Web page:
Defendants responded to Plaintiff's Motion for Adverse Instruction and Spoliation of Evidence (ECF No. 54), in which they state that in reviewing Plaintiff's grievance history and other records, “Counsel was unable to find grievances filed, by Plaintiff, on those dates. There were no grievances corresponding to those dates.” (ECF No. 64 at 2.) The only grievance Defendants could locate was the “803” grievance referred to above. Additionally, Defendants state that Plaintiff's renewed submission asserts the same arguments previously made and there was no reference by Plaintiff to a specific section of AR 707 which would have required LCC to maintain evidence, as alleged.

         Defendants' opposition further included a declaration of LCC Associate Warden Tara Carpenter under whose supervision video surveillance would fall. Ms. Carpenter represents that barring unusual circumstances, video surveillance is only retained for a period of approximately two weeks from a specific event. Accordingly, any footage from an October 2015 event would not have been maintained or available in February 2016 when Plaintiff submitted his 803 grievance. (ECF No. 64-5 at 2, ¶¶ 8-9.) Perhaps more importantly, however, Ms. Carpenter states further that the LCC dining hall (where the assault occurred) did not have video capabilities in October 2015. (Id. at ¶ 10.)

         Ms. Carpenter also represents no video was utilized at Plaintiffs disciplinary hearing. (Id. at p. 3, ¶ 11.) Plaintiff, on the other hand, claims video “was used to find Plaintiff innocent of the disciplinary charges. ECF No. 54 at 5, citing “Exh. A” as “OIC #398240.” (Id. at footnote 1.) However, Exh. A to Plaintiff's renewed motion (ECF No. 54 at 8-34) consisted of copies of grievances, not the disciplinary charges to which Plaintiff refers nor any evidence which “was used to find the attacker of Plaintiff guilty on his disciplinary charges.” (Id. at 5.) The court has before it no evidence substantiating Plaintiff's claim the “attackers” conviction was based on video surveillance. But even if it were, the failure to maintain such evidence would be a complaint the “attacker” might reasonably assert, not by the victim (i.e., Plaintiff).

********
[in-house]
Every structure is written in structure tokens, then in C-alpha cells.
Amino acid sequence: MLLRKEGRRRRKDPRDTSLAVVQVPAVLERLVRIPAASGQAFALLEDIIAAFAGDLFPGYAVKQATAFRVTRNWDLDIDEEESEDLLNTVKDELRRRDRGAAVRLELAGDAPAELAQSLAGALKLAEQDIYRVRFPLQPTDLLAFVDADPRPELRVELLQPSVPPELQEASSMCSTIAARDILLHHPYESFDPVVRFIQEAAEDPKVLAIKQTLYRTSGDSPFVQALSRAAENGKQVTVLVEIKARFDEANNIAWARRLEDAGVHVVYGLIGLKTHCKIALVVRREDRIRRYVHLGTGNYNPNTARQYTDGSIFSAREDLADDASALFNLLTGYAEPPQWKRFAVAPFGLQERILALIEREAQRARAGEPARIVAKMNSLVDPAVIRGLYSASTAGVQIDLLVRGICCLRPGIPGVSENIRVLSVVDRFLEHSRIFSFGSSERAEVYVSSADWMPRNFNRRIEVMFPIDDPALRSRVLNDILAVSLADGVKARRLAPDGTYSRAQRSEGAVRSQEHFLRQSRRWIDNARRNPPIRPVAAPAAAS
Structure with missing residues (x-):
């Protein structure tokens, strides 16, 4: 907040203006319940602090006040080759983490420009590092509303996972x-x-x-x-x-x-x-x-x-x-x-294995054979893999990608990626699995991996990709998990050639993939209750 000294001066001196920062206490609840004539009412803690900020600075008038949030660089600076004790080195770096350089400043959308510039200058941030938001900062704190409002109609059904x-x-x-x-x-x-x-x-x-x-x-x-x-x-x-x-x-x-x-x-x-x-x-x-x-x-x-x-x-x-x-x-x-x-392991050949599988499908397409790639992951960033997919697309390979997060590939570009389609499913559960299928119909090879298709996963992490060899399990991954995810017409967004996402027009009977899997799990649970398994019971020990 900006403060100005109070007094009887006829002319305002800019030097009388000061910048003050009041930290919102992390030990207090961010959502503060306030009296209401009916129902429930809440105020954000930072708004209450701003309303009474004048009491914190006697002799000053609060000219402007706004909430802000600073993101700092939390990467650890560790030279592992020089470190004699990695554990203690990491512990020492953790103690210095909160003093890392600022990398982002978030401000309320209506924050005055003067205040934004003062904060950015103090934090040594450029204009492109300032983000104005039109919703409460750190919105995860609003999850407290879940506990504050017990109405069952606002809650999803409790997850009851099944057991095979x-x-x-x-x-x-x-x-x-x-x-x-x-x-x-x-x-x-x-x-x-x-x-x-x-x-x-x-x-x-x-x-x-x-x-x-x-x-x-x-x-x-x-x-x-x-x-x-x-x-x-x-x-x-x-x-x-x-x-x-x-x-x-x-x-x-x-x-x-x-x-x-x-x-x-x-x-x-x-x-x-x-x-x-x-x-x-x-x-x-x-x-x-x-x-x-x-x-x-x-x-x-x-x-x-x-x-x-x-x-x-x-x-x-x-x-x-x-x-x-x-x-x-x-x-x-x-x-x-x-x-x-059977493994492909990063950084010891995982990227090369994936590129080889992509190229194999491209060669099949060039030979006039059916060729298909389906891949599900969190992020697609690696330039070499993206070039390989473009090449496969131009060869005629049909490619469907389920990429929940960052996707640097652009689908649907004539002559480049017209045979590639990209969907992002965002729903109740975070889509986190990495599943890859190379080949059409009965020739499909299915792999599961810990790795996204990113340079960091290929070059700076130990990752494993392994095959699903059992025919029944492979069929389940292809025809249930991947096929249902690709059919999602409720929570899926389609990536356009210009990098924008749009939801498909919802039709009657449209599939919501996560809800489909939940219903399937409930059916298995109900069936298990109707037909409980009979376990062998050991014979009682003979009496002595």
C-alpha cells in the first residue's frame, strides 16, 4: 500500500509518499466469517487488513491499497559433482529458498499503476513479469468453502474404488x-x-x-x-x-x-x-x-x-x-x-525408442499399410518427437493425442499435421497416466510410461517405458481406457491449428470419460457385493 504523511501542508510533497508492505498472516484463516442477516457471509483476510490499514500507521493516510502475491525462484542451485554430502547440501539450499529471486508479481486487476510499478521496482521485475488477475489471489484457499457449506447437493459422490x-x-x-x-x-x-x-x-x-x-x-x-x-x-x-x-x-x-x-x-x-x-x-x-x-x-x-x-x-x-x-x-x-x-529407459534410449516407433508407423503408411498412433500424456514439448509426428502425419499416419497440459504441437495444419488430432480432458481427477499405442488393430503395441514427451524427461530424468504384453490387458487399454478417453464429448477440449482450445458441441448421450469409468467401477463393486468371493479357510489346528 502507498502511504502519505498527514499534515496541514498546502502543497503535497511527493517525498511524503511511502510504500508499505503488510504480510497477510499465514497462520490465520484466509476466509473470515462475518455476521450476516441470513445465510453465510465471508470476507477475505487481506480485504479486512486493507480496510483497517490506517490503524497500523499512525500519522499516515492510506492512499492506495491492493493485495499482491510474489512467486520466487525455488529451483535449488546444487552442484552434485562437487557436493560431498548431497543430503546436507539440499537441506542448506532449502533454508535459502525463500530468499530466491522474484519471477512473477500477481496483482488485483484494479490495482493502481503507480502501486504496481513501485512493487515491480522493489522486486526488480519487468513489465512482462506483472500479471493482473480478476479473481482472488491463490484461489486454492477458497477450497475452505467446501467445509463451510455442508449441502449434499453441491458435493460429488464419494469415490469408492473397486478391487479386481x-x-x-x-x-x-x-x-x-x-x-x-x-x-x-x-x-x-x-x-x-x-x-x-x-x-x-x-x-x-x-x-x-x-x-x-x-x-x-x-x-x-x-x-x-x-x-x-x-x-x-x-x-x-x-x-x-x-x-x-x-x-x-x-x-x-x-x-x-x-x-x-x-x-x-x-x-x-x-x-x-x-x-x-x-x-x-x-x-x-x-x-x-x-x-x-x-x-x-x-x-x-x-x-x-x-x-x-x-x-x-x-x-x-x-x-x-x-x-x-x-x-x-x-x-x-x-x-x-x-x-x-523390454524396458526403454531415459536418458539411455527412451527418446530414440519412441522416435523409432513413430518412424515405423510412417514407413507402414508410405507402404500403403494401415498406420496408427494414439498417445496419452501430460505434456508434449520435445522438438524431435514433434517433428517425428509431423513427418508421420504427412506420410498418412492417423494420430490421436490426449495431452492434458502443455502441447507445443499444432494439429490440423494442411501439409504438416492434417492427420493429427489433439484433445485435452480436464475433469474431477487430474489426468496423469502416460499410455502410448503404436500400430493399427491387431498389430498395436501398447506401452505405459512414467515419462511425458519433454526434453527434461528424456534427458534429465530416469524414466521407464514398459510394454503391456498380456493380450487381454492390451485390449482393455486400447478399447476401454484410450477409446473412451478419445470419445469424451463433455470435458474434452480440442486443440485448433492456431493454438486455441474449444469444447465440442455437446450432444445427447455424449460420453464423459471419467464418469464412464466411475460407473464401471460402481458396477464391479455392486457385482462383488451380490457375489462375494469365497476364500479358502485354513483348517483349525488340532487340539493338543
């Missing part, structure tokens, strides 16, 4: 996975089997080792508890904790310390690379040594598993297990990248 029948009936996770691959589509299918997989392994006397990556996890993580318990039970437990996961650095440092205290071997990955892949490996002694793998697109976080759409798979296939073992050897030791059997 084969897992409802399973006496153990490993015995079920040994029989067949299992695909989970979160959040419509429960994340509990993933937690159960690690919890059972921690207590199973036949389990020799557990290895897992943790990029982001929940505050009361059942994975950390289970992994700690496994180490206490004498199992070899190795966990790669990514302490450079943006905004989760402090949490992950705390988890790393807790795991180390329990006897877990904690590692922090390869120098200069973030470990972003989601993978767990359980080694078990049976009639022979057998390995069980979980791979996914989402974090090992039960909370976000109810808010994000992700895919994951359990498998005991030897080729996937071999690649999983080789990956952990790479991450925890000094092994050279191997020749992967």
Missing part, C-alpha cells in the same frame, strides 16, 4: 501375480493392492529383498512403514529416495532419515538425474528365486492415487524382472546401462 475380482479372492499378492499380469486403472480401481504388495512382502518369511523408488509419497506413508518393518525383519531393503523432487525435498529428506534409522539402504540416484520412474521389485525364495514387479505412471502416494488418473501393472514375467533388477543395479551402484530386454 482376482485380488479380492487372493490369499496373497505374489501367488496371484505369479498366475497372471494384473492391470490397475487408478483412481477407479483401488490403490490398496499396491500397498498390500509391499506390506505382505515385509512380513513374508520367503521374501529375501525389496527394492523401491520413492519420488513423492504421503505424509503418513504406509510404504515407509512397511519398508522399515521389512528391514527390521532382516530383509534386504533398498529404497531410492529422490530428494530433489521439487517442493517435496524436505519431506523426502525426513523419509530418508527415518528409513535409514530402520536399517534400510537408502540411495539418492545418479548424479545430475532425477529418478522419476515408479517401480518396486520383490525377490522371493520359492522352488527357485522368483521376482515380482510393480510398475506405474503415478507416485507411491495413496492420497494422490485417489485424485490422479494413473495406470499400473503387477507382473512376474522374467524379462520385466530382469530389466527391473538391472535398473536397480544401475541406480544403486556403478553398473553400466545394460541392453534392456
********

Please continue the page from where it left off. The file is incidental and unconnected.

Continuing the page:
Plaintiff's filing submits an extract of AR 457 (ECF No. 54 at 36), which appears to be p. 3 of 5 pages. Plaintiff highlights section 457.04.1, which only states that an “Operational Procedure” (OPs) shall be developed by the Deputy Directors “for the preservation of evidence.” Two other pages (pp. 1 and 2) of AR 457 are submitted by Plaintiff as his Exhibit B (ECF No. 54 at 37-41). These pages of AR 457 discuss that the Associate Warden is to “ensure crime scene protection and the preserving, gathering and disposal of evidence” and that the Inspector General (who is not a Defendant in this action) is to review “OPs” with respect to, among other matters, “evidence collection.”[2] AR 457 would apply, if at all, to an protections the inmate accused might enjoy, not to a victim.


         Plaintiff does not predicate his motion on the duty to preserve electronically stored information under Fed.R.Civ.P. 37(e). Fed.R.Civ.P. 37(e) is not implicated with respect to this litigation because Rule 37(e) pertains to “electronic evidence” which was not preserved and as stated above, Plaintiff has not based his motion on Rule 37(e). Therefore, the court will consider Plaintiff's motions in the context of common law spoliation in the application of the court's discretion. Fjelstad v. Am. Honda Motor Co., Inc., 762 F.2d 1334, 1337 (9th Cir. 1985).

         At the court's initial hearing on Plaintiff's motion, the court addressed with Plaintiff his contention AR 707 required LCC to preserve evidence such as any video of the scene of the inmate altercation. Plaintiff was unable to cite to the court any language in AR 707 which supposedly imposed this duty. Plaintiff was instructed to address in his supplemental motion the court granted Plaintiff leave to file ...